Current ratio (current assets to current liabilities) measures the ability of an entity to pay its near-term obligations. “Current” usually is defined as within one year. In business practice, it is believed that this ratio must be equal to 2 to have an optimal liquidity situation, or between 1.5 and 1.7 to have a satisfactory liquidity situation. A current ratio lower than 1.5 is symptomatic of a liquidity situation to be kept under control, and, if it is lower than unity, then this would mean facing liquidity crisis. It should, however, be specified that an excess of liquidity that generates a ratio higher than 2 means that the company has money in cash or safe investments that could be put to better use in the business.
Debt ratio (total liabilities to total assets) is a leverage ratio and shows the degree to which a company has used debt to finance its assets. The higher is the ratio, the higher is the degree of leverage and, consequently, the higher is the risk of investing in that company. A debt ratio equal to or lower than 0.4 means that company’s assets are financed by creditors; if it is equal to or greater than 0.6, the assets are financed by owners’ (shareholders’) equity.
Working capital to assets ratio (working capital to total assets) is a solvency ratio; it measures a firm’s short-term solvency. Working capital is the difference between current assets and current liabilities. A ratio greater than 0.15 represents a satisfactory solvency situation; a ratio lower than 0 means that the company’s working capital is negative, and its solvency is critical.
ROI (EBIT* to total assets) is an indicator that expresses the company’s ability to produce income from only the core business for all its lenders (investors and external creditors). In fact, both financial and tax activity are excluded from EBIT (Earnings Before Interests and Taxes).
Asset turnover (sales to total assets) is a key efficiency metric for any business as it measures how efficiently a business is using its assets to produce revenue.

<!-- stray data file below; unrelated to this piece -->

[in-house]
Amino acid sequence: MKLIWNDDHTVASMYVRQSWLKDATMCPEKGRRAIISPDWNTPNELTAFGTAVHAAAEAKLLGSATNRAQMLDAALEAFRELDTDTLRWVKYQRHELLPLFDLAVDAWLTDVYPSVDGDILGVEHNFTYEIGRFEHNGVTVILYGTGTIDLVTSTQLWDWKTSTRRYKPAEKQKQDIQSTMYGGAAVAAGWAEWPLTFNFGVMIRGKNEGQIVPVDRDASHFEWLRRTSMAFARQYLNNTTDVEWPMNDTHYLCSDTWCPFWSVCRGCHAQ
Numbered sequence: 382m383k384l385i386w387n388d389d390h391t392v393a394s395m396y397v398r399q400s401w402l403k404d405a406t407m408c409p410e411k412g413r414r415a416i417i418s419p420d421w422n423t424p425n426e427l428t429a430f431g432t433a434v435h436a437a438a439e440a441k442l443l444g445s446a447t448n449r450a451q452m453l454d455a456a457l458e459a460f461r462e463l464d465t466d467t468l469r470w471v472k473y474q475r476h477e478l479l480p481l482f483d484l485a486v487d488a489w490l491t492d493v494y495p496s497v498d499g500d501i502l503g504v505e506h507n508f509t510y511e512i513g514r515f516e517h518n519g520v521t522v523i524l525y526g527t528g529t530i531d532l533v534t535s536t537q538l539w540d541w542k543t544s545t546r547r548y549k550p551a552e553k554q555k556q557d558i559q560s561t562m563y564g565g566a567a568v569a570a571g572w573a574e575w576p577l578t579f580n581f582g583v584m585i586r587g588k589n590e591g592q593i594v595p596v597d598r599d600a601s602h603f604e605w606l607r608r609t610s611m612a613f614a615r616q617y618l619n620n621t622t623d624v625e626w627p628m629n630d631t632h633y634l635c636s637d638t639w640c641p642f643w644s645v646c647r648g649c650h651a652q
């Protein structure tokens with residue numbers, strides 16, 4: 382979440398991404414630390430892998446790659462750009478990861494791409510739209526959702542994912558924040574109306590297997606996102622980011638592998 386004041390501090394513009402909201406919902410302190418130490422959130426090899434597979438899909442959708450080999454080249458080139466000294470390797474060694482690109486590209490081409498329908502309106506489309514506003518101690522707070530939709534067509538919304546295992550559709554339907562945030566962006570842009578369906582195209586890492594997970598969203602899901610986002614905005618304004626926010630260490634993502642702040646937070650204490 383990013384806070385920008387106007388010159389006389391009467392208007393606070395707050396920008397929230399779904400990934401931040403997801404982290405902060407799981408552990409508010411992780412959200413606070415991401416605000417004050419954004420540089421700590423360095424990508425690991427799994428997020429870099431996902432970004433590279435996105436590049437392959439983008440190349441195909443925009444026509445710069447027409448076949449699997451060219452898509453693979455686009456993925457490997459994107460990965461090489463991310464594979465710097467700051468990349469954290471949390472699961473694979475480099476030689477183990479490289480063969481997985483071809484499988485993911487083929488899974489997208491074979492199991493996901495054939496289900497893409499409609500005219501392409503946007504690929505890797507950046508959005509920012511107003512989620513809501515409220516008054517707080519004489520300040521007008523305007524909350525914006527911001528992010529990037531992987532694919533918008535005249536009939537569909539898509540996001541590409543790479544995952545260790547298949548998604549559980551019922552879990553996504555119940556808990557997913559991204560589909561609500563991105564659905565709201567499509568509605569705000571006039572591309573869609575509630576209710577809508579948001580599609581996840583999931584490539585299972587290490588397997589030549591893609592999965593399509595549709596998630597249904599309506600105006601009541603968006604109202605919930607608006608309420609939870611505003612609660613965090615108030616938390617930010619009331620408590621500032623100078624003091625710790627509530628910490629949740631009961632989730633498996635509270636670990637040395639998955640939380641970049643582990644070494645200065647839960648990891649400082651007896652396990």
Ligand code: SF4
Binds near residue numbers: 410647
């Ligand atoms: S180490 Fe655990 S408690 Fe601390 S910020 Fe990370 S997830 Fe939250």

ROI (net income to cost of investment): a profitability ratio that provides how much profit a company is able to generate from its investments. The higher the number, the more efficient the company is at managing its invested capital to generate profits.
Before proceeding with the evaluation of the model results, the statistical analysis involves a detailed exploration of the characteristics of the data. Table 1 shows frequencies of healthy and risky companies within the sample, means, medians and standard deviations of the Net-Debt-to-Equity ratio for each of the two groups:
It is easy to notice that both mean and median of the healthy group are much lower than 1 while those of the risky group are much greater than 1. The average of total observations is lower than 1, and this is evident because healthy firms make up almost three quarters of the sample. Standard deviations of the two groups also diverge by 0.5 points; this is because among risky companies there is a greater dispersion from the average of observed ratios. Looking at each explanatory variable (Table 2), data show that: the current ratio average for the healthy group is equal to 1.6, meaning a good liquidity situation, while the same average for the risky one is equal to 1.1, signs of a liquidity situation to be kept under control. The mean of ROI is clearly different between the two groups: for the healthy one, it is 15.41%, and, for the risky one, it is equal to 0.1%. Working capital to assets ratio is negative for the risky companies, showing a critical solvency situation, where current liabilities, on average, are greater than current assets; conversely, the healthy companies’ working capital to assets is greater than 0.15, meaning a satisfactory solvency situation. As expected, debt ratio is higher for the risky group, while asset turnover and ROA are higher for healthy companies. It should be emphasized that the latter is on average negative for the risky ones, resulting from a negative net income.
The first estimated model includes all the six independent variables introduced above, under the assumption of absence of multicollinearity. However, looking at the parameter estimates (Table 3), it is clear that for the discussed sample only two of these six regressors are significant for the PD model.
Proceeding to the sequential elimination of covariates through Wald test, the variables discarded in increasing order of significance are: ROA (p-value = 0.360), asset turnover (0.207), current ratio (0.242) and debt ratio (0.091). The only two remaining significant variables are ROI and Working-capital-to-Asset ratio. The second estimated model contains precisely these two variables for both ML estimation (Table 4) and Firth penalized logistic regression (Table 5).